Faced with a slew of retiring workers, the Health Workers' Union  says it is sizing up the option of a demonstration to force government to release payment of the second tier pension contributions of its members.

In a press statement issued Monday, leadership of the Union expressed grave concern that the second tier contributions of health workers are still lodged at the Bank of Ghana instead of being lodged with their service providers.

At the heart of the second tier pension funds controversy is who should appoint a pensions fund manager – employer or employees.

Under the 2nd tier, the private fund must be registered by employers in consultation with employees.

The workers who under the National Pension Act (2008) are required to contribute 5.5% of their earnings into private funds believe they should call the shots when it comes to choosing a pension funds manager.

Government — the employer — disagrees setting up a stalemate that has stalled progress on the management of the second tier occupational pension scheme.

The press statement from the Health Workers' Union also warned of a crippling industrial unrest if government fails to release their second tier pension contributions with immediate effect.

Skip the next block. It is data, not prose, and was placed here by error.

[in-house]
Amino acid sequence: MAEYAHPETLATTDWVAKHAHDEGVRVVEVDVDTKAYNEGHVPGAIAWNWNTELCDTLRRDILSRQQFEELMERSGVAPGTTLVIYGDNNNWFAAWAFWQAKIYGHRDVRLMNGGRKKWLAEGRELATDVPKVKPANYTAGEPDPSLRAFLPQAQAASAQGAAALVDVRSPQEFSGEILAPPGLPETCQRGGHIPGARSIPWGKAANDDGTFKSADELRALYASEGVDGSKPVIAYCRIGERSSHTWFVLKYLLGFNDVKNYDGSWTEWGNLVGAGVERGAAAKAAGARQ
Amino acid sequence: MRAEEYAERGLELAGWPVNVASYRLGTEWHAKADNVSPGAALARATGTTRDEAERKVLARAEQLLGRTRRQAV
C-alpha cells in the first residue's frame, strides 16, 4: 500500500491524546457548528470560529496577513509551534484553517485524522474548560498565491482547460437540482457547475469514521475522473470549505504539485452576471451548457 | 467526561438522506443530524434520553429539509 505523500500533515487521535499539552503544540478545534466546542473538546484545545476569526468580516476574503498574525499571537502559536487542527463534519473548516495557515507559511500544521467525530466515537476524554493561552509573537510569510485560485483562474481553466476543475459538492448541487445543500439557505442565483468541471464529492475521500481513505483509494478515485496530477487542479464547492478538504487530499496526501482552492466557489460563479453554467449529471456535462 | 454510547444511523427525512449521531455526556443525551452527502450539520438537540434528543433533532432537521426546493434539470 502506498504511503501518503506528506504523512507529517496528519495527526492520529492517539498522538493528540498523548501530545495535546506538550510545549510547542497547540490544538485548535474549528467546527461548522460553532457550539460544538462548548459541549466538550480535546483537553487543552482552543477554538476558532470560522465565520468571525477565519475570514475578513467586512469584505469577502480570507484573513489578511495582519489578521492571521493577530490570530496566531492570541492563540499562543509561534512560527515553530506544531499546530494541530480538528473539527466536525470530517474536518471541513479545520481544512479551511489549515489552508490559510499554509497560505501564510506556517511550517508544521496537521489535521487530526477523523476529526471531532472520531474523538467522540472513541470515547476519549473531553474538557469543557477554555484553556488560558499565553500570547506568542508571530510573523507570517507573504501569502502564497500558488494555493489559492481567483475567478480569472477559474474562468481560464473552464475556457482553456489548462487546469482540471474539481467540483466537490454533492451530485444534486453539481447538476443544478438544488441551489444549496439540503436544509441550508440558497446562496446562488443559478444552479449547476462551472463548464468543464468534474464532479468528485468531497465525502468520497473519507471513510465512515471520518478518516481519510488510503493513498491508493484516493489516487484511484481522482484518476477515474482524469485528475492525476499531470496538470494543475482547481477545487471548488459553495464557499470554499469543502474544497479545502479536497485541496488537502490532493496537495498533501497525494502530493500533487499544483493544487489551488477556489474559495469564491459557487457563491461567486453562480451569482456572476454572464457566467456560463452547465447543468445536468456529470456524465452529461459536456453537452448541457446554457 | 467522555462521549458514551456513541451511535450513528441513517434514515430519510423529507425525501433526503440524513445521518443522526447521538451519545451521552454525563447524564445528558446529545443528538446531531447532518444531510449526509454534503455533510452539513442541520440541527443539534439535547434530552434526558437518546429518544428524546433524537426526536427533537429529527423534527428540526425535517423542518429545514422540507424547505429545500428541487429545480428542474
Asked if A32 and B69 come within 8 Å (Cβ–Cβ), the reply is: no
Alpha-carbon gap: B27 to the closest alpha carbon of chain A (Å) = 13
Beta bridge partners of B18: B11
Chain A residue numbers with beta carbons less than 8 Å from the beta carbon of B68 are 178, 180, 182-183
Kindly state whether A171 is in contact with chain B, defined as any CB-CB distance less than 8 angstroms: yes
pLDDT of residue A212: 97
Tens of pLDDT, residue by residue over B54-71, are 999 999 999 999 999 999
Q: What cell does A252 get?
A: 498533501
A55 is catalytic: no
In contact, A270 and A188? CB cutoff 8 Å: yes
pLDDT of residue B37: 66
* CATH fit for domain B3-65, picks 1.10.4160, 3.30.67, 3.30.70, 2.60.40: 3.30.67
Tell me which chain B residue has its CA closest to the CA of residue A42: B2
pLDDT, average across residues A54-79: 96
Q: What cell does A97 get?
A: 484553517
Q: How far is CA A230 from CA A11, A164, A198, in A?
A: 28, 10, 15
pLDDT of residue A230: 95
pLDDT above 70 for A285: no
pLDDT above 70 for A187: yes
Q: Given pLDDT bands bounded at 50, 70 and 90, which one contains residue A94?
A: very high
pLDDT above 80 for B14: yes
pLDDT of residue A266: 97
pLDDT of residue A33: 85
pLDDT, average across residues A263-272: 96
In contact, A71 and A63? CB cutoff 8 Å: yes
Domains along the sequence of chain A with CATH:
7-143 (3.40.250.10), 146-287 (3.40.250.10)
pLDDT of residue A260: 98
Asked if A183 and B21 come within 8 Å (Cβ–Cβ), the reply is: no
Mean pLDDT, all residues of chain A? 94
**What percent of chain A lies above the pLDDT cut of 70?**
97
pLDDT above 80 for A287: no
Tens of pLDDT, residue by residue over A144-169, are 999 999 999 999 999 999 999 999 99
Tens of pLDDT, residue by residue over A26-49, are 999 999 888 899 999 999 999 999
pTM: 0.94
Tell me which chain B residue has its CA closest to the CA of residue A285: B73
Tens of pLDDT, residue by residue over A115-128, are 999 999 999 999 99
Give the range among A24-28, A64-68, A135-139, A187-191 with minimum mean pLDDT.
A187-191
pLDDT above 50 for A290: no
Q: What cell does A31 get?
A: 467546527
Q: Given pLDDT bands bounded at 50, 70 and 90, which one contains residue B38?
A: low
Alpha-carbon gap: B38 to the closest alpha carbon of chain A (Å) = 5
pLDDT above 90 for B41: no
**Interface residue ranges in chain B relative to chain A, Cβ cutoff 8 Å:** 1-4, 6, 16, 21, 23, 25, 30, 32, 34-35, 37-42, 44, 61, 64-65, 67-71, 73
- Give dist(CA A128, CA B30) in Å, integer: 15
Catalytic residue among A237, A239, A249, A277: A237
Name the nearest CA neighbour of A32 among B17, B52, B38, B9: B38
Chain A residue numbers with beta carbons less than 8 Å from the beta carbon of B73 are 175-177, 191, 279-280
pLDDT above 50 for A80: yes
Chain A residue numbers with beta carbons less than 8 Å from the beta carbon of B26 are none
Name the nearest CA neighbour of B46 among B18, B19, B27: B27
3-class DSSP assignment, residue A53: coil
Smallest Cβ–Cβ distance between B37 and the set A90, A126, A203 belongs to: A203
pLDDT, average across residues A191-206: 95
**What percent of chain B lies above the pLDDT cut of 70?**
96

According to the leaders, the option of a demonstration to address their grievance follows many unsuccessful appeals to the Presidency to allow their chosen pension fund managers to run their pensions.

The Health workers are not the only group worried about the health of their pension funds.

The Ghana National Association of Teachers in July warned government to keep its hands off the management of the pension contribution of its members or else it will hit the streets.

Deputy General Secretary in charge of Administration and Labour Relations at GNAT Awotwe Nkansah asked government to authorize the transfer of pensions funds to the pension schemes operated by individual labour unions.

The scheme was designed primarily to give contributors higher lump sum benefits than presently available under the Social Security and National Insurance Trust (SSNIT) or Cap 30 pension schemes.

The fear among workers is that, without investing this pension cash, they stand to lose out on proposed payment of a lump sum under the scheme after retirement.

The union says most of their members will be going on retirement early next year yet no institutional arrangement had been put in place to ensure that they benefitted from the lump sum.

They want the matter addressed immediately to avoid industrial unrest.



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